Sickle Foot - Metatarsus Adductus, Pes Adductus

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Sickle Foot - Metatarsus Adductus, Pes Adductus
Sickle Foot - Metatarsus Adductus, Pes Adductus

Video: Sickle Foot - Metatarsus Adductus, Pes Adductus

Video: Sickle Foot - Metatarsus Adductus, Pes Adductus
Video: 13- Knee & foot deformities: Metatarsus-adductus testing 2023, December

Sickle foot

The sickle foot (metatarsus adductus, pes adductus) is the most common misalignment of the foot. It can be congenital or acquired and is often combined with other foot malformations. The sickle foot has a sickle-shaped arch on the inside of the foot. This malformation often occurs on both feet. It almost always develops after birth. Interestingly, premature babies do not develop this malformation.

Babies who sleep a lot on their stomachs have a similar foot position, which however disappears by itself. If the rear part of the foot also tilts inwards (valgus position), the deformity is called a serpentine foot. Foot malpositions are treated orthopedically. Consequential damage can be prevented through accompanying physiotherapy.


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  • What are the causes of the sickle foot?
  • How is the diagnosis made?
  • What are the symptoms?
  • How is the sickle foot treated?
  • Whom can I ask?
  • How are the costs going to be covered?

What are the causes of the sickle foot?

The sickle foot can be caused by excessive tension in the muscle that brings the big toe to the other toes (adductor hallucis muscle) or the muscle that lifts the inside of the foot (tibialis anterior muscle). A position-related forced posture of the child in late pregnancy is discussed as a possible cause.

How is the diagnosis made?

In order to be able to make a diagnosis, the doctor asks about previous illnesses in the anamnesis, examines the feet closely and carries out a gait analysis in older children, adolescents and adults. Children with sickle feet can be monitored by repeatedly making copies of the sole of the foot with a photocopier. X-rays and, if necessary, ultrasound, magnetic resonance imaging (MRT) and computed tomography (CT) can be used to assess misalignments or subsequent joint, ligament and bone damage.

Note Sickle feet can occur together with hip dysplasia. An ultrasound examination of the hip joints to rule out this malformation is carried out as part of the mother-child pass examinations within the first few weeks after the birth. If sickle feet are diagnosed and this examination has not yet been carried out, it will be done.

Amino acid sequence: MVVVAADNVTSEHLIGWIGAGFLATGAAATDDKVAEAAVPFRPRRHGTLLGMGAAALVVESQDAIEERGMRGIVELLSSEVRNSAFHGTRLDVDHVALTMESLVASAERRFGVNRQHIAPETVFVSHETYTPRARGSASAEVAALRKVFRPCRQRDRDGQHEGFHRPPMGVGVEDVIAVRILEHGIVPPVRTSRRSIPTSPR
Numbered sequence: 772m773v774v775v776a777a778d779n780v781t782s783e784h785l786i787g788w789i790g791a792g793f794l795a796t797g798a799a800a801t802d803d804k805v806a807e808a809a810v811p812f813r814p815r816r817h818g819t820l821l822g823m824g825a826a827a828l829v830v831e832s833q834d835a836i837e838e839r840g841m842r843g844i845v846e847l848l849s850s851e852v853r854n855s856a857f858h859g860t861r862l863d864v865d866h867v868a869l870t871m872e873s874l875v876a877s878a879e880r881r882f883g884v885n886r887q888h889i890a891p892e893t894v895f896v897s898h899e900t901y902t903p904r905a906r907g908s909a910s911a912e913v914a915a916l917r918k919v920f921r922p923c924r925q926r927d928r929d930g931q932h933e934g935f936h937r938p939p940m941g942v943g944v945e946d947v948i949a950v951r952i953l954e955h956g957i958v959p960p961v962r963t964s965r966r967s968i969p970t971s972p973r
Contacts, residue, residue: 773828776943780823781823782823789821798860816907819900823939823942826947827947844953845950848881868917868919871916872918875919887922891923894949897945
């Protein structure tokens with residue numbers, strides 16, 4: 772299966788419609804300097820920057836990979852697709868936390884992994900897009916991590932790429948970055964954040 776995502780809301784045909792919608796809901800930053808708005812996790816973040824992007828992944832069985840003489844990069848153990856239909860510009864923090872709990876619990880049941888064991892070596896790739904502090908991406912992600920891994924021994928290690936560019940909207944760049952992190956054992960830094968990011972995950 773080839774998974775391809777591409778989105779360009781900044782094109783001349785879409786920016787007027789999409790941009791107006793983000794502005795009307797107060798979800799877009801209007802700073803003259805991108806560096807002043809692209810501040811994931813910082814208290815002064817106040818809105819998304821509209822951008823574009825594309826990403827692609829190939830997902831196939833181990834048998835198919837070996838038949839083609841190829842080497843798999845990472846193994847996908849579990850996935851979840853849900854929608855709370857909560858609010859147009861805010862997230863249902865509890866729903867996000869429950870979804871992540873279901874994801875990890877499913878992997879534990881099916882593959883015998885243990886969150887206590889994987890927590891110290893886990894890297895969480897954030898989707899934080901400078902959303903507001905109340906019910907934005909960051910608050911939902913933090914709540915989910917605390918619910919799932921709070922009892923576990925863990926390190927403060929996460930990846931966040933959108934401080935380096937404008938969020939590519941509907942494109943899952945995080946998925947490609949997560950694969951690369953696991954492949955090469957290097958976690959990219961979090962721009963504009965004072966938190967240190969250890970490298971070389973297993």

What are the symptoms?

Misaligned feet such as a sickle foot can cause joint damage to the foot and difficulty walking, as well as an imbalance of muscles and joints throughout the body. The possible consequences can be pain, muscle, joint and, subsequently, bone damage.

How is the sickle foot treated?

If the backs of the feet do not touch the surface when sleeping in the prone position, they will not be forced into this misalignment. Children who sleep a lot on their stomach can have their feet raised a little. Foam rings, for example, can be attached to the ankles for this purpose.

Not every sickle foot needs treatment. This misalignment often regresses by itself. For the treatment options, it is crucial whether the deformity is so mobile (flexible) that it can be reversed without surgery. This is not possible with a very rigid (rigid) misalignment.

As a first step in treatment, the doctor brings the foot into the normal position (manual redression) and fixes it with a cast. A splint and an insert can then be adjusted. If necessary, with the serpentine foot, certain joint capsules that connect the metatarsal bones can be widened or parts of the metatarsal bones removed (osteotomy).

Whom can I ask?

If you have problems with your feet, you can contact a specialist in orthopedics. The pediatrician is usually the first point of contact for children with malpositions of their feet. If necessary, he / she can issue a referral to a specialist in pediatric orthopedics.

How are the costs going to be covered?

All necessary and appropriate diagnostic and therapeutic measures are taken over by the health insurance carriers. Your doctor or the outpatient clinic will generally settle accounts directly with your health insurance provider. With certain health insurance providers, however, you may have to pay a deductible (BVAEB, SVS, SVS, BVAEB).

However, you can also use a doctor of your choice (ie doctor without a health insurance contract) or a private outpatient clinic. For more information, see Costs and Deductibles.

Medical aids and aids such as orthopedic insoles must be prescribed by the doctor and in some cases approved by the responsible health insurance company. A contribution (deductible) is provided for by the insured person. You can find more information under The Way to Medical Aids & Aids.

When hospitalization is necessary

If a hospital stay is required, the hospital costs will be invoiced. The patient has to pay a daily contribution to the costs. Further medication treatment at home takes place by prescription from the general practitioner or specialist. For more information, see What does a hospital stay cost?